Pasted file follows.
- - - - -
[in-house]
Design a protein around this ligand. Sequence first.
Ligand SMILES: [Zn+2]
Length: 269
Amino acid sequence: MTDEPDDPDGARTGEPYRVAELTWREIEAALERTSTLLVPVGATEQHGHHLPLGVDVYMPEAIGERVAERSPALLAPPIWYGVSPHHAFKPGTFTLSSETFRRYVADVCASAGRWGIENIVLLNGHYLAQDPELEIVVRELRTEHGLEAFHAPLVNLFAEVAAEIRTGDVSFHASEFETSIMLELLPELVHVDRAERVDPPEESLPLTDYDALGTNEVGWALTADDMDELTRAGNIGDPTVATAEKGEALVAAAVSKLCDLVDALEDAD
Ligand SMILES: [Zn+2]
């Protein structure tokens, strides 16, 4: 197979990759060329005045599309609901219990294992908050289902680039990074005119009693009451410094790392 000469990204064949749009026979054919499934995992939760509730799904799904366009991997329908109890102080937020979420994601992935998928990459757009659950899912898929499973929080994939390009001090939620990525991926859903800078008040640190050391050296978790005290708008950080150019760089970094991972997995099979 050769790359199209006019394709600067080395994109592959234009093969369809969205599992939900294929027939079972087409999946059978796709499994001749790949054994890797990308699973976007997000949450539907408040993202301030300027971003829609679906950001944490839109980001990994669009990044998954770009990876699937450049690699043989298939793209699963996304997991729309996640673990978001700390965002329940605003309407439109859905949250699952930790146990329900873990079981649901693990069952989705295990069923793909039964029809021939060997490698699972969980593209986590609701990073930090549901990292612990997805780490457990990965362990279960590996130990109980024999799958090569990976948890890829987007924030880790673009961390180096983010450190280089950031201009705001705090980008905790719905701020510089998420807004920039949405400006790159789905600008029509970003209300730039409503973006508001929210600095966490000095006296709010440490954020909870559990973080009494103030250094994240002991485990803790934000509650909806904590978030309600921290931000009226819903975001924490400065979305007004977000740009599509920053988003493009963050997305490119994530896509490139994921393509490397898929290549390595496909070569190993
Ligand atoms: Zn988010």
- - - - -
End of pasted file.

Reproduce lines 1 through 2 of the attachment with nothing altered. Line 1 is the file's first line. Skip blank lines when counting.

[in-house]
Design a protein around this ligand. Sequence first.